Escapade happily swung all night on her anchor in winds that gusted to 25 knots, and we awoke to a pair of sea eagles gliding above the trees and a breakfast of Daci Sourdough with French strawberry jam and fresh coffee. Today we will sail along some of the most spectacular coastline on the planet.
We motor out into a headwind. The predicted North Westerlies turn out to be steady South Westerlies, so we beat into the aptly named Storm Bay and raise the sails. We have around 40 nautical miles to make, which will take most of the day. Every time I sail into Storm Bay I feel I am touching history, my mind always wanders to the famous seafarers who discovered and charted this coast. My eye follows the silhouette of Bruny Island down to Adventure Bay, where in 1777 the great Cook anchored in Resolution, with a young William Bligh on board. I have an electronic copy of a beautiful drawing Cook made of Adventure Bay. It is identical to todays coast and could have been drawn yesterday. My eyes are seeing exactly what Cooks did. Young Bligh made numerous open boat journeys around Storm Bay, surveying and sounding it’s depths. He was to return in 1788 as Master of the ill fated Bounty, and again in Providence in 1792. Some years later was to plunder merchant vessels in the Derwent for provisions after being deposed as Governor of New South Wales in what was to become known as the Rum Rebellion. He would rise again to become recognised as one of the greatest navigators of all time, perhaps only second to Cook, and eventually promoted to Admiral of the Blue. I can almost feel his presence here in Storm Bay. Hollywood has completely misrepresented this great man.
Our course takes us towards Cape Raoul, the spectacular entrance to the horrendous penal colony of Port Arthur, established by the British in 1831. One can only imagine the emotions that would have been felt by the convicts, after three or four trying months of transportation, their first glimpse of the place they would most likely spend the rest of their lives the vertical walls of Cape Raoul, rising from a dark, cold angry sea like some fantastic gothic fortress, foreboding and dark, intimidating and angry.
We sail close to the cliffs, the great columns of dolorite towering overhead are jaw droppingly spectacular. The swell has risen to around three meters, as we are now east enough to be in the rollers from the Southern Ocean that have swung around the southern end of Tasmania. It crashes into the cliffs sending great plumes of spray upwards.
Robert orders the spinnaker pole set to starboard. With the wind behind us rising to 25 knots we are going to goose wing straight to Tasman Island, which means the main sail will be to port, and the headsail to starboard giving us plenty of sail exposed to the wind.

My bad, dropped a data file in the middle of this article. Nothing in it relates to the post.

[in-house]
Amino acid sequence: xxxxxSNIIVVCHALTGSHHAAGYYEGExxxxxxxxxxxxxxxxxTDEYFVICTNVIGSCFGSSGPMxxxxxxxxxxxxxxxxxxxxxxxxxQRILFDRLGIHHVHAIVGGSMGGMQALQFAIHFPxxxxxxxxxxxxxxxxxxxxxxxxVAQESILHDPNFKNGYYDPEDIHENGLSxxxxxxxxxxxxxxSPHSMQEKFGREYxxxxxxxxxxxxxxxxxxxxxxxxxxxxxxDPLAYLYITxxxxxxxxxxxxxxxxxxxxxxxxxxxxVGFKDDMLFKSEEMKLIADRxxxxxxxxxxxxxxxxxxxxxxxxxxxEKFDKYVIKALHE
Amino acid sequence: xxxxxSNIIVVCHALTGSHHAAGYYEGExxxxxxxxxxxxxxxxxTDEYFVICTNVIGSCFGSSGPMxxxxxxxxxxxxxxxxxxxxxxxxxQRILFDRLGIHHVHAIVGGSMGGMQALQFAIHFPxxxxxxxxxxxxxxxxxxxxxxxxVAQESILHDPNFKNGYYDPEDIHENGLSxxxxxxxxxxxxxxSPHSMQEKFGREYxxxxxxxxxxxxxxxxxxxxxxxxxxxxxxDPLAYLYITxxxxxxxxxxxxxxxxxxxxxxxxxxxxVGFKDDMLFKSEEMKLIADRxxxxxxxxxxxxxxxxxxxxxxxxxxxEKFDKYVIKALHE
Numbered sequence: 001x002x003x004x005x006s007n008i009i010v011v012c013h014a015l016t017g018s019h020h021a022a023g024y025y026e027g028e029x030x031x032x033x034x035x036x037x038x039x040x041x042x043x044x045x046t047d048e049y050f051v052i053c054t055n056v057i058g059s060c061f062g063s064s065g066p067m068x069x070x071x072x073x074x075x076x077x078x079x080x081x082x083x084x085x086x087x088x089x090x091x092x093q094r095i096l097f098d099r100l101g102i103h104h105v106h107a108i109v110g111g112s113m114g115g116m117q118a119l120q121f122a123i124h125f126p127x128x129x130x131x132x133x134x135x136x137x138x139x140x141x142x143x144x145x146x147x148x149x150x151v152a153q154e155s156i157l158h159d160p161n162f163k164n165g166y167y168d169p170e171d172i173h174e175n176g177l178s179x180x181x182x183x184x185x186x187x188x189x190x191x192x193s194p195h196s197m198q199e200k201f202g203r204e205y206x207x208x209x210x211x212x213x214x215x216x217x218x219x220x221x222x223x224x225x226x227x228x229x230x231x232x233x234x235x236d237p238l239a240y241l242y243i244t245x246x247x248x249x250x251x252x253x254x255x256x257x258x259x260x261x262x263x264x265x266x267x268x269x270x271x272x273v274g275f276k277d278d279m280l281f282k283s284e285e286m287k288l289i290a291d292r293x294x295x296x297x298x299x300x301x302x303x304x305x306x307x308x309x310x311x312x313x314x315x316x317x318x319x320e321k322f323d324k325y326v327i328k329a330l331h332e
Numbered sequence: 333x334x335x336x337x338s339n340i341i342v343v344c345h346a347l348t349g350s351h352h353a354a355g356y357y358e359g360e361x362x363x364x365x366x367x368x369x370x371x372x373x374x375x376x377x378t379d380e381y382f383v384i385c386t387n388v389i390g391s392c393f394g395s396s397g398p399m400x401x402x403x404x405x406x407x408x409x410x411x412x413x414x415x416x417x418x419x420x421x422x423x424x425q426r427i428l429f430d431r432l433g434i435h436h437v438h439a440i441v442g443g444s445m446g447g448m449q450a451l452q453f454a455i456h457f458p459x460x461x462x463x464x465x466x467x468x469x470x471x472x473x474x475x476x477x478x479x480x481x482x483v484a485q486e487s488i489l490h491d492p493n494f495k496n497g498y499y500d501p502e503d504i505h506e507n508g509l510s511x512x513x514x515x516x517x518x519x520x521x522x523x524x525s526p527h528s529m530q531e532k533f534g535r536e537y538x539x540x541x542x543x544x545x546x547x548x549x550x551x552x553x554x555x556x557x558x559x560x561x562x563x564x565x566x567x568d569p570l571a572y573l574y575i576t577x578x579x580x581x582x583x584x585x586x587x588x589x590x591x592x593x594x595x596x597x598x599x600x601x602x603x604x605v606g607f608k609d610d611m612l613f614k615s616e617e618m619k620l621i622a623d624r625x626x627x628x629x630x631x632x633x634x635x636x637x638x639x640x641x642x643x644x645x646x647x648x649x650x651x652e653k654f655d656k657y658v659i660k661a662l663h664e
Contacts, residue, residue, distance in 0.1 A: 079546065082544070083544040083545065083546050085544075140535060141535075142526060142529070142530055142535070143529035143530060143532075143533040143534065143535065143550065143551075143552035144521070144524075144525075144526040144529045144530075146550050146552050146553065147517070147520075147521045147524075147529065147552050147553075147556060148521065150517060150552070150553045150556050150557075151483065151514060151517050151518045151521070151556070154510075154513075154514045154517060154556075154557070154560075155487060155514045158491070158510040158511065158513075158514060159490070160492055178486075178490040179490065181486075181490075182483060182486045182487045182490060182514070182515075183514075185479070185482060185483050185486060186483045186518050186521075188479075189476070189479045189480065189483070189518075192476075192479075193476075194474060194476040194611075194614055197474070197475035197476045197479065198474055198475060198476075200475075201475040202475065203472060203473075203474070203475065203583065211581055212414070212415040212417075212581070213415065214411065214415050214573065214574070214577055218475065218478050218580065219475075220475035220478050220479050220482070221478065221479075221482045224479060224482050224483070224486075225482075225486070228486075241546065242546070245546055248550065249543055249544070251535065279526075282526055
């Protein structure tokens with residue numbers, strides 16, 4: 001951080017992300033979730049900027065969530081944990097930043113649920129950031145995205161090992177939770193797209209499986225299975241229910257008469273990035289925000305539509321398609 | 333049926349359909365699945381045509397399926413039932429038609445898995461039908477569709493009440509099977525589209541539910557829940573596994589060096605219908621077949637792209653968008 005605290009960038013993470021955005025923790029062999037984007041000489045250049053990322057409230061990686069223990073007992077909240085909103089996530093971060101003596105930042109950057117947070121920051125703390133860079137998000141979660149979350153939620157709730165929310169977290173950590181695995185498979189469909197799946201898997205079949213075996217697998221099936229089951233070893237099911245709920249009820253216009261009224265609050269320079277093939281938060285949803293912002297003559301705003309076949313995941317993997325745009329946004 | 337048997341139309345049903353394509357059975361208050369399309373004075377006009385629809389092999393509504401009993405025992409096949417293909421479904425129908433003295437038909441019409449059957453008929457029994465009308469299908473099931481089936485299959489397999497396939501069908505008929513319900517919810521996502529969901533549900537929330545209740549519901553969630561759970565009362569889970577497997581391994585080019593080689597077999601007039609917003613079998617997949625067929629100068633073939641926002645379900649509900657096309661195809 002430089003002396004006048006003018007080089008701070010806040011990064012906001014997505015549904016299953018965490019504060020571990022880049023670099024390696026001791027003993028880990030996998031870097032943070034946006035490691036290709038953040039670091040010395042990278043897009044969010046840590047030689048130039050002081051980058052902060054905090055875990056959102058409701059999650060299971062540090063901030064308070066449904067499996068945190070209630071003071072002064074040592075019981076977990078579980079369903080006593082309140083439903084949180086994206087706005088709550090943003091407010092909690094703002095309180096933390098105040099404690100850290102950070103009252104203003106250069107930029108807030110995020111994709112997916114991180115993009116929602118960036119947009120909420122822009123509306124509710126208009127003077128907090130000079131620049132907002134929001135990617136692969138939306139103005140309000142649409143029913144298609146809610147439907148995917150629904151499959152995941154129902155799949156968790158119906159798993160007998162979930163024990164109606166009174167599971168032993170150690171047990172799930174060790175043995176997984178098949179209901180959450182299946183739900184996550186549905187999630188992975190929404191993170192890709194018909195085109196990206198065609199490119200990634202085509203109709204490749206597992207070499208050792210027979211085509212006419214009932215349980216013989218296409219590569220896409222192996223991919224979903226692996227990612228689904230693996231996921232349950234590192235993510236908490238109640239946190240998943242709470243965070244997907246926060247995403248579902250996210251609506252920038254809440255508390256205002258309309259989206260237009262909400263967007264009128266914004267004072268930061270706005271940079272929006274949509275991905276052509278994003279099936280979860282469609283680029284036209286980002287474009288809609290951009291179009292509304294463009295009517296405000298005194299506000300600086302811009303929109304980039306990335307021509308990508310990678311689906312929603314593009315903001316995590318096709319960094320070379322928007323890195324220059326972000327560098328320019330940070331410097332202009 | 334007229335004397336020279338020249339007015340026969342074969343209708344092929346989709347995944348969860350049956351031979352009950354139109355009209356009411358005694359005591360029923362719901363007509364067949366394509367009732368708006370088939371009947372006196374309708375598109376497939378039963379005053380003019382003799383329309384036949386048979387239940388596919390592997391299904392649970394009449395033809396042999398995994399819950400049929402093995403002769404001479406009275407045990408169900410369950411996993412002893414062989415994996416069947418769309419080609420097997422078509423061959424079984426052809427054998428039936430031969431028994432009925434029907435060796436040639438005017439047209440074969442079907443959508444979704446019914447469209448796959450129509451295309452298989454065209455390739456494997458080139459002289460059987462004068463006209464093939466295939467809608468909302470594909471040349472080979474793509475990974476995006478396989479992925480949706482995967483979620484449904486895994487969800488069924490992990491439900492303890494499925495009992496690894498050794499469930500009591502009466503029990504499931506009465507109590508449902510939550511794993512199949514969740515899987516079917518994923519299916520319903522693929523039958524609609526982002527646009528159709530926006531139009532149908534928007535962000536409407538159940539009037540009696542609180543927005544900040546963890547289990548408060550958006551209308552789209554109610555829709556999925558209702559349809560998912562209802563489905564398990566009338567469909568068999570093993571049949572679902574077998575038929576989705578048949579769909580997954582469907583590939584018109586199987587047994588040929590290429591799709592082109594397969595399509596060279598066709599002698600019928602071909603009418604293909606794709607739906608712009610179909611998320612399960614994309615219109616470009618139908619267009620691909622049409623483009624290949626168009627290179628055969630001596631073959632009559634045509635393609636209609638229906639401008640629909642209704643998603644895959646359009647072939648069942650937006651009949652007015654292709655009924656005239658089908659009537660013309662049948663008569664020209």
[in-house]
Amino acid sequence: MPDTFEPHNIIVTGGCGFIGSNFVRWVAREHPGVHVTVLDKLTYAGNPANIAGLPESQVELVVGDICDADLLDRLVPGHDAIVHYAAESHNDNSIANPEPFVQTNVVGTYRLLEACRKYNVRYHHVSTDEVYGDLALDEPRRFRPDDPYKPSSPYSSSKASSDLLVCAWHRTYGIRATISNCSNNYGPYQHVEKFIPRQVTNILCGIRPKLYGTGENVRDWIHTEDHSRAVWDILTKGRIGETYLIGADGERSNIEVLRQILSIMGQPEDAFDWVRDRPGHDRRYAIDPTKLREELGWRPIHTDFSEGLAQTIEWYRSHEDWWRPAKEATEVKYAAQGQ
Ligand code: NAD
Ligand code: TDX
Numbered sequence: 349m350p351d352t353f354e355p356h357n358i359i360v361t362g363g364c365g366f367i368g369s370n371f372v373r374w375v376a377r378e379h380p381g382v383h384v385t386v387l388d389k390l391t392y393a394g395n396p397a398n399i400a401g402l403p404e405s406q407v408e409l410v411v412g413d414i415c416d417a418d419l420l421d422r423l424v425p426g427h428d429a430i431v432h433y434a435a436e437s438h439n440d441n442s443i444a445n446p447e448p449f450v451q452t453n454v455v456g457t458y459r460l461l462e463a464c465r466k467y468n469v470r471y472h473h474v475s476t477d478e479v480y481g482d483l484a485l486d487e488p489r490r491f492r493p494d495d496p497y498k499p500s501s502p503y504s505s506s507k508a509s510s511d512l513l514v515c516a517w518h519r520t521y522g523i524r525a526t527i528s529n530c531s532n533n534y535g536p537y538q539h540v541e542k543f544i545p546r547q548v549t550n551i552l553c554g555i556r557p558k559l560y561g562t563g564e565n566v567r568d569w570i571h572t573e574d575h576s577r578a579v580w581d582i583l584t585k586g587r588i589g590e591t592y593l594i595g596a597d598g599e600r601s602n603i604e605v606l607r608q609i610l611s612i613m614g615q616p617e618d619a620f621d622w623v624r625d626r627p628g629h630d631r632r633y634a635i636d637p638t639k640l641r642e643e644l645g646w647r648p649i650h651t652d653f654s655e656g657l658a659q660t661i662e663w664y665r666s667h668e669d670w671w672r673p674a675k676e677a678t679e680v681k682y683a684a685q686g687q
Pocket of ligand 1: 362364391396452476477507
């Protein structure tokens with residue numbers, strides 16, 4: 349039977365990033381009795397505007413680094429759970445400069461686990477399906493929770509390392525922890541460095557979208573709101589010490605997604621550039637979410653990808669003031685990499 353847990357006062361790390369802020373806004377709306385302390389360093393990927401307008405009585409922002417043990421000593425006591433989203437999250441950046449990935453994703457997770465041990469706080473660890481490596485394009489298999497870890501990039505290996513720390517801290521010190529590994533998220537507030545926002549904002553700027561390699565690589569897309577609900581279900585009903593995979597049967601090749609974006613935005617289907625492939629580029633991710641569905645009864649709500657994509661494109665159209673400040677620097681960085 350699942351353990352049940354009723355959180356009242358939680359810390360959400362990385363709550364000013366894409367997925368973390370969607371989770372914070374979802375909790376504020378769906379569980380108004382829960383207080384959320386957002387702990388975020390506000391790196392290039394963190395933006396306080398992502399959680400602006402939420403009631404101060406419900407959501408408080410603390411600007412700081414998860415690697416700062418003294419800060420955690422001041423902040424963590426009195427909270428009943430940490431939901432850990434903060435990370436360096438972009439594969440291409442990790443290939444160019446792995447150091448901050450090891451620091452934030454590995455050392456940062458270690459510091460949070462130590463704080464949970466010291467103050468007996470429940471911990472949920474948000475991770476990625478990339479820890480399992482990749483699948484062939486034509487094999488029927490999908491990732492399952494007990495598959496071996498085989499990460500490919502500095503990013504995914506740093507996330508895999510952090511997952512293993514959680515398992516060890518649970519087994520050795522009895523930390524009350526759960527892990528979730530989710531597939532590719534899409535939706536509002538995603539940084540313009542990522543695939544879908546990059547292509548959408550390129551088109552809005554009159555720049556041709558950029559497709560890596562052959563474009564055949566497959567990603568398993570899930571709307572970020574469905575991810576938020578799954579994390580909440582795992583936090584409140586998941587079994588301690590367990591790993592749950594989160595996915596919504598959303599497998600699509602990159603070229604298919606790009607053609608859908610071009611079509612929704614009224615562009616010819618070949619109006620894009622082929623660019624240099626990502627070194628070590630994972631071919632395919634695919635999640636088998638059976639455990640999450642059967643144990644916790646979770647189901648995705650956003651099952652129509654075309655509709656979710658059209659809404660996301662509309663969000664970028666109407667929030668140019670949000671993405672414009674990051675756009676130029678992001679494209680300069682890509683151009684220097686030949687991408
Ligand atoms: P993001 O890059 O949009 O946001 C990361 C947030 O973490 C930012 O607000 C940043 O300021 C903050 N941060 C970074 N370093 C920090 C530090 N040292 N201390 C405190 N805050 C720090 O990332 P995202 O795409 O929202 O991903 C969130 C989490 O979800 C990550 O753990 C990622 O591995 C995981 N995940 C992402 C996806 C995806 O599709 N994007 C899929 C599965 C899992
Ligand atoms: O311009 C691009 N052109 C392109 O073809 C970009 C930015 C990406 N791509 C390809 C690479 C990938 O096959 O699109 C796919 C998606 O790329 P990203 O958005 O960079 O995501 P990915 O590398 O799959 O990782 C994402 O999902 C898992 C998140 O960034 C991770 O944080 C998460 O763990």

Our intended course rounds the Tasman Peninsular and tracks north along the east coast of Tasmania. At the tip of the peninsular, a thin channel separates Cape Pillar from Tasman island, with sheer cliffs on either side. Whilst the seas and winds are confused here, we have five meters of water beneath the keel. The channel is barely 300 meters wide with cliffs beetling overhead on both sides, and Robert plans to run straight through it, spectacular sailing indeed. On the island side fat southern fur seals lounge about on the rocks perilously close to the surge. Usually smelt before seen they briefly raise their heads to watch our transit, and drowsily return to sun baking.
Once through the channel we are in the lee of the land, and the sea state is much calmer. A stiff south wester runs us up the coast towards Cape Hauy, which was named by the French explorer Baudin after a French mineralogist, curious, as Baudin was a captain of a scientific expedition, but he despised scientists.
At the tip of the Cape are a series of Rocks named The Lanterns, which rise vertically out of the sea. Two of these are appropriately named The Totem Pole and The Candlestick, sheer towers rising as vertical needles from the sea, both are revered by rock climbers. There is deep water right to their edge, so we round the lanterns and beat into Fortescue Bay. We are heading to a secluded anchorage at the northwest end of the bay, which funnels in to the outlet of Walkers Creek. The hills around the bay are cloaked in tall Eucalpyts which come right to the shoreline, their leaves hanging over the water. It is a truly beautiful place. We are sheltered behind the wreck of the William Pitt, an old dredge that was towed here and sunk to provide shelter from easterly swells, in the company of three other boats.
No sooner have we anchored and secured the boat, the squid jags are over the side. There is a meter of water under the keel, and the clear bottom is sandy with patches of weed. Seems ideal for squid, but the fishing is slow. A couple of stubbies of Boag’s Wizard Smith’s Ale arrive on deck. It doesn’t get much better than this. The label boasts “a traditional English style ale with a warm fermentation and dry-hopping with East Kent Golding hops”. It is a travesty that this beer isn’t available on the mainland.
Robert jags a squid and brings it around the stern of Escapade. This is one big squid, it will easily feed the four of us. The behemoth’s goggle eyes are staring at us as I try to get a bucket underneath it. The trick is to avoid getting a load of ink on the boat, or worse still yourself. The job looks almost done when the snared cephalopod ejaculates a mother load of black goo all over the stern. No other squid are forthcoming as twilight descends about us, so I set about cleaning the squid and preparing dinner, which will be a squid penne with garlic, lemon and parsley and a salad of rocket and fennel with a lemon balsamic dressing.